For acceptance into the school, a student must have a diagnosis of dyslexia. The school’s admissions process is extremely thorough, allowing the team to assure the needs of each individual student are best met in accordance with his or her unique learning profile. Applicants come from both public and private schools and have varying levels of academic skills.
The school employs 50 full- and part-time people and is funded through yearly tuition. Spruill says needs-based tuition assistance is available and is received by about 20 percent of GRACEPOINT students. The school’s instructional program is one of only 19 accredited programs in the nation through the Academy of Orton Gillingham Practitio ners and Educators.
Making a difference
The lasting effects of attendance at GRACEPOINT are abundant. Entire fami lies, not just students, are impacted in a posi tive way. “When Ayla was in fourth grade, it broke my heart to watch her struggle to say the alphabet,” says Lynn Huckabey, a GRACEPOINT parent. “It broke my heart to watch her crying under her bed because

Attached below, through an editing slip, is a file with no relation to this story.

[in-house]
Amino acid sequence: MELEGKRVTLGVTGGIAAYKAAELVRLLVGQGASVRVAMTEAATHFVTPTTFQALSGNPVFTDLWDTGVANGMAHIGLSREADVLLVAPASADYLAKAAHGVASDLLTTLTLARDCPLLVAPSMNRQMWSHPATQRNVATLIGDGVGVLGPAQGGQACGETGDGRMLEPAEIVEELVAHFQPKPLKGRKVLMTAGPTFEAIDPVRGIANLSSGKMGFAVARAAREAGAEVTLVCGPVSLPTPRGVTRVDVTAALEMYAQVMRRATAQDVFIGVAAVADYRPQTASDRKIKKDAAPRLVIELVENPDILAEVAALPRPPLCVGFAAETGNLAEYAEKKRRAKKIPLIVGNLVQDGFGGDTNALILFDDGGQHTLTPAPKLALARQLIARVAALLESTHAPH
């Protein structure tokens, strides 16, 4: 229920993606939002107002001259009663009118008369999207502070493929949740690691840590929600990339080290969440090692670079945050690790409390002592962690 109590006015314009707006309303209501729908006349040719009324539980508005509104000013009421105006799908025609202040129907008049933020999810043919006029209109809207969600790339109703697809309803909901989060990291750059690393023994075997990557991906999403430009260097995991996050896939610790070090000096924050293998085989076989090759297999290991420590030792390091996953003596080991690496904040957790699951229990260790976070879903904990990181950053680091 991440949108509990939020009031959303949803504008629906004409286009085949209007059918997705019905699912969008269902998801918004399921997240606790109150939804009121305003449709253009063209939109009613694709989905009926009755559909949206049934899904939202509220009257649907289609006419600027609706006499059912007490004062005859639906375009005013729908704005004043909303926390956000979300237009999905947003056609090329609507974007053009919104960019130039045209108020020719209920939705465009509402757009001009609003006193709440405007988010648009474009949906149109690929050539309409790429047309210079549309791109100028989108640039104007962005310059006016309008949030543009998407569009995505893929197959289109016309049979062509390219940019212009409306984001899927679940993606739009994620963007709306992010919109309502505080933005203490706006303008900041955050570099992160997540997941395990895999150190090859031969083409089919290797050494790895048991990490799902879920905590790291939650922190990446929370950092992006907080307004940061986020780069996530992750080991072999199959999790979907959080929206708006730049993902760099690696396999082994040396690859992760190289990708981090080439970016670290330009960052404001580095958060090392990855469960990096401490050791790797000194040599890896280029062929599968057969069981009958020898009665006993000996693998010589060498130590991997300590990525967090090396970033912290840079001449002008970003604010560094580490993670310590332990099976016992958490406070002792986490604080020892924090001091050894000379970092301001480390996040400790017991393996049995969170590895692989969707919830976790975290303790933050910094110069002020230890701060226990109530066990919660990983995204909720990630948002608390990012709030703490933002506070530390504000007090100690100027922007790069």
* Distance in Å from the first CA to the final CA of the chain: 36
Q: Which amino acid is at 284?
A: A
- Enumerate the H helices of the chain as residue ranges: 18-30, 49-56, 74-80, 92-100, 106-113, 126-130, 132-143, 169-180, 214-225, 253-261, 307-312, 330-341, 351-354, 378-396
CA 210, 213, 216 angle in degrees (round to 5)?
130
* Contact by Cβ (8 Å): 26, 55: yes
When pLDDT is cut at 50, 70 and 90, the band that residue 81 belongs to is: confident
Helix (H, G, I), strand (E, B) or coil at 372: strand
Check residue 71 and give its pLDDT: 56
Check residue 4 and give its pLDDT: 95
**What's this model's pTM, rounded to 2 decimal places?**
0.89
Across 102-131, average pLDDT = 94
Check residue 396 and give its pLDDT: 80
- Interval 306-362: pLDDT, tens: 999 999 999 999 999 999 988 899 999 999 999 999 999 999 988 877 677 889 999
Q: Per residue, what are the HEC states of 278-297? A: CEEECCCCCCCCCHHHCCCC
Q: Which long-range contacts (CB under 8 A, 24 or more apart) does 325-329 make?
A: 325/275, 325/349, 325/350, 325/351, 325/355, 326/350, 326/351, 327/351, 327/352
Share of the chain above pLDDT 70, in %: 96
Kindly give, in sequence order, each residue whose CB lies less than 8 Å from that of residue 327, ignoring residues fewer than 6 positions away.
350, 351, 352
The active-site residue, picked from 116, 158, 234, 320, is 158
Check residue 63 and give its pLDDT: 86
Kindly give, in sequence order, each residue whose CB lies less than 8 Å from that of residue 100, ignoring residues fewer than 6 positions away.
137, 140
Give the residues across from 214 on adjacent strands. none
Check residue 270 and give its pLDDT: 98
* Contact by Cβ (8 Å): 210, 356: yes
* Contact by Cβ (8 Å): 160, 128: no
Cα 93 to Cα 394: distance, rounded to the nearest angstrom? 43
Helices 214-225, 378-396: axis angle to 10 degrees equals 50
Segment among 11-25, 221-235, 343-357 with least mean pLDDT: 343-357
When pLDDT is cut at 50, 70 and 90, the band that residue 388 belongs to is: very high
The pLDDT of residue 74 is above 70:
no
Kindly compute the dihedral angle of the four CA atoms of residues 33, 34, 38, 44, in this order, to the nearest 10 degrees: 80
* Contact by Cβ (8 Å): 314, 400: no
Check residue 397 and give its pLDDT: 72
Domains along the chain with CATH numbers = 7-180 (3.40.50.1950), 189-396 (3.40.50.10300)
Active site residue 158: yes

she dreaded school so much. She knew she was different, but she didn’t know why. Never in a million years could I have imag ined the joy our family would come to know because of GRACEPOINT.”
Huckabey says Ayla is now a junior in high school, and her frustrations caused by dys lexia are a distant memory. She has grown from a hesitant, defeated fourth grader who felt she couldn’t do anything right, into a kind and confident student eager to challenge herself. “Because of the love, patience, grace and support she received at GRACEPOINT, my Ayla is eager to con quer the world,” Huckabey says. “Because of GRACEPOINT, I have every confidence she can. I will be forever grateful.”
An academy accreditation